Option one is possible, sure, but what about option two? For starters, I don't believe Alexander to be oblivious to context. It doesn't take his courtside seat to realize how many obstacles the Rockets have needed to overcome in order to win games over the last two seasons. But perhaps the marginal record has nothing to do with Alexander's distaste of Adelman. Could it be that Alexander has finally grown old of Adelman's genius offensive schemes that have seemingly come packaged with poor defensive play? Does Alexander yearn for the days of stout defense that defined the Jeff Van Gundy era?
(Mind you, Van Gundy was fired despite his winning ways. This is nothing new for those of us who were here for that situation.)
This is the question most intriguing to me, especially after Blinebury uncovers a potential coaching candidate should Adelman be sent packing:
Alexander has a history of chasing big name players and coaches and also chasing hot trends. It says here he'll look to follow the instant success of rookie head coach Tom Thibodeau in Chicago by trying to uncover the next crackerjack assistant ready to move up.
Hello, Mike Budenholzer in San Antonio.
Mike Budenholzer. He's the man largely responsible for the Spurs' defensive prowess ever since becoming an assistant at the beginning of the 1996-1997 season. If defense has turned the Chicago Bulls around in a jiffy, perhaps it could do the same for the Rockets. Adding a star player would help, too, but only one step can be taken at a time. This could be the first move that Alexander makes on his way back to the playoffs.
I've always been one to think that Elston Turner would take over for Adelman should he decide to leave, but if Adelman is instead sentenced to walk the plank against his own accord, it wouldn't make sense for one of his assistants to take the reigns. If it's a scheme change that Alexander wants, taking a piece from the old pie wouldn't be prudent.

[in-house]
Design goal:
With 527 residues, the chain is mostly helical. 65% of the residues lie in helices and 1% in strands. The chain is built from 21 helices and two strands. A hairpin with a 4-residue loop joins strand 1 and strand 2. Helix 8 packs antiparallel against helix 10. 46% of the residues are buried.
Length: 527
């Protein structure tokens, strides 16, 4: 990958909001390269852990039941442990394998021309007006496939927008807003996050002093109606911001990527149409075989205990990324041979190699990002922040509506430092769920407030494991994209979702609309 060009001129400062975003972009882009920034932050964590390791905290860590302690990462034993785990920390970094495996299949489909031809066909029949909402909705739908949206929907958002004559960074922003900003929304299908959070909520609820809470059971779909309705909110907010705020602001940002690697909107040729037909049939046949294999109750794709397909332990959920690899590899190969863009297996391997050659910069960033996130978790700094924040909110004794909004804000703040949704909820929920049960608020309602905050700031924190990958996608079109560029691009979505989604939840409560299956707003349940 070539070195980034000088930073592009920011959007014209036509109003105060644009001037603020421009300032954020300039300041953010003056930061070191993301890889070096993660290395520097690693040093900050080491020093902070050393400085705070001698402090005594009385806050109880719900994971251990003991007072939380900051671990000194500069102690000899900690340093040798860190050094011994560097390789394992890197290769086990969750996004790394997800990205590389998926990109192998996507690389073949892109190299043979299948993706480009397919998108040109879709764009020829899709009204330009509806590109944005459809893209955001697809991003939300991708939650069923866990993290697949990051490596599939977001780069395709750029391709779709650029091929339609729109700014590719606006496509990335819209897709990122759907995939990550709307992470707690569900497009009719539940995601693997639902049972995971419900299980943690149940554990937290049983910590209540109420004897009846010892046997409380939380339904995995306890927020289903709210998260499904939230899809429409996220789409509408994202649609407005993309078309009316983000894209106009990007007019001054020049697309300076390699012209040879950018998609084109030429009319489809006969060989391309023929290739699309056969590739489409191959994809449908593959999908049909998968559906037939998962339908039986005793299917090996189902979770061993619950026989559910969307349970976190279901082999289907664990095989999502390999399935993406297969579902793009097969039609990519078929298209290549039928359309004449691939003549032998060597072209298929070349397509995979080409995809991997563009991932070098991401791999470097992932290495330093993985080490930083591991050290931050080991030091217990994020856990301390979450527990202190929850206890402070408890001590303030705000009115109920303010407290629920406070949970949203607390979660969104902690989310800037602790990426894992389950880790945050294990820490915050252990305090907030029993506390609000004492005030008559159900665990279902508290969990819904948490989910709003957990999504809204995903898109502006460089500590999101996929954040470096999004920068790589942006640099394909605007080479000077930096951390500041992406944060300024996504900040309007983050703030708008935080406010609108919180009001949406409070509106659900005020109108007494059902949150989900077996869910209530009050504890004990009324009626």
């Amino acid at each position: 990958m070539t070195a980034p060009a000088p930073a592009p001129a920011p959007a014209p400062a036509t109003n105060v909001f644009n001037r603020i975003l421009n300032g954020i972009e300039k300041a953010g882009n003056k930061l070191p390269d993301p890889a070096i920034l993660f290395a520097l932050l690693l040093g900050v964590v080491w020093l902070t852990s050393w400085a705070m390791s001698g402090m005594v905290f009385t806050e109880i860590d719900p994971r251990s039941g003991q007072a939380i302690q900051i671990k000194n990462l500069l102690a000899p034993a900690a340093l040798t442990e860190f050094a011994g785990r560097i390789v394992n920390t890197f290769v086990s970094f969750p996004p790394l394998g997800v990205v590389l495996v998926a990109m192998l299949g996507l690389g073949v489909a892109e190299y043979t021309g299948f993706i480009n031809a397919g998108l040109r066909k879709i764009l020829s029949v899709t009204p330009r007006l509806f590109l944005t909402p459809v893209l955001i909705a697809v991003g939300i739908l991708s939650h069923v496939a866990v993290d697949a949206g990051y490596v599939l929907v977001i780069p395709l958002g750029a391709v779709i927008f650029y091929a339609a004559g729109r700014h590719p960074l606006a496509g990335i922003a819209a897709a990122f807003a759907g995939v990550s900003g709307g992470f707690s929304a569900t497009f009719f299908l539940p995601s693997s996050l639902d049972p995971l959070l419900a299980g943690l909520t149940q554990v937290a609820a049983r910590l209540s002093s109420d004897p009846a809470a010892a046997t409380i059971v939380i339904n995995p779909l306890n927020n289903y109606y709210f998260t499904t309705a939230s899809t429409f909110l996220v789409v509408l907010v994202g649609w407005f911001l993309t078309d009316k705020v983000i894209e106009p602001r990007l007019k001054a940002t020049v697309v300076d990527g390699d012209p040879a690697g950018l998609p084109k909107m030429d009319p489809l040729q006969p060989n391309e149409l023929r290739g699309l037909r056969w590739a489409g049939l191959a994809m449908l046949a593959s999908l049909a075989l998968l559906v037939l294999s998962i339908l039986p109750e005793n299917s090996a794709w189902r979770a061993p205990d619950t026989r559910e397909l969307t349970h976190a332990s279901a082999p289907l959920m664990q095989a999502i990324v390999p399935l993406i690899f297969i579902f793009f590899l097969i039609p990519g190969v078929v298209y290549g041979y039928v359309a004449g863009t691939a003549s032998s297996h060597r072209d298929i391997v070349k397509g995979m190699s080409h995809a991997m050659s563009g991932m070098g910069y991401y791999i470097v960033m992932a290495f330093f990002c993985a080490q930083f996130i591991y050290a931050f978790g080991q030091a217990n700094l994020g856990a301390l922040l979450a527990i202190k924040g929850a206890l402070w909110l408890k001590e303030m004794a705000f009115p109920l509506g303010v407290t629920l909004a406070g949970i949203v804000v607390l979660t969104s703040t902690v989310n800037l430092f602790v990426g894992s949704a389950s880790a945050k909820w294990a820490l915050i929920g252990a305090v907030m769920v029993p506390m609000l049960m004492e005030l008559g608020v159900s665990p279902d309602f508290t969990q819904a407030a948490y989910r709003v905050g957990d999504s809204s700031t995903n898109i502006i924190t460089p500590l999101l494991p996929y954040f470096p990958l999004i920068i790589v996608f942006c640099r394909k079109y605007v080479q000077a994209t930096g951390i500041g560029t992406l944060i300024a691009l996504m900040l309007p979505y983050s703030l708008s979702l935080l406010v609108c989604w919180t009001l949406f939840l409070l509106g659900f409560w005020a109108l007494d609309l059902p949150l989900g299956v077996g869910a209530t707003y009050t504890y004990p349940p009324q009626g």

All of this said, there is one glaring problem with Alexander's offense-to-defense strategy, should I be correct in my assumption: what has Adelman had to work with defensively? Adelman has never been a poor defensive coach. His strengths lie in his offensive schemes, but until these past two seasons, his squads have been capable defenders. So what's the common denominator? Ah, yes. The Rockets still don't have a true center. How many of those does Tom Thibodeau have? Two.
Put it this way. If Daryl Morey isn't able to find Adelman a legitimate big body by the time he makes his coaching decision, the old ball coach may be on his way out. Or, even worse, Alexander may not choose to wait too long to get the ball rolling on the search for a replacement. Hopefully, it doesn't come to that. As I've written before, I think the future should rest in Adelman's hands, should he decide to return.
We'll have more on this develops. I'm not one to normally quote from one story alone, but given the numerous outlets that have reported trouble in the Houston front office -- not to mention that nearly EVERYONE's contract is up -- it sounds as if there could be some big changes this coming offseason.
(For a great look at Budenholzer -- someone we'll analyze in more depth should he become a legitimate candidate for a job that has yet to be vacated -- check out this piece from Tom Ziller over at Sactown Royalty).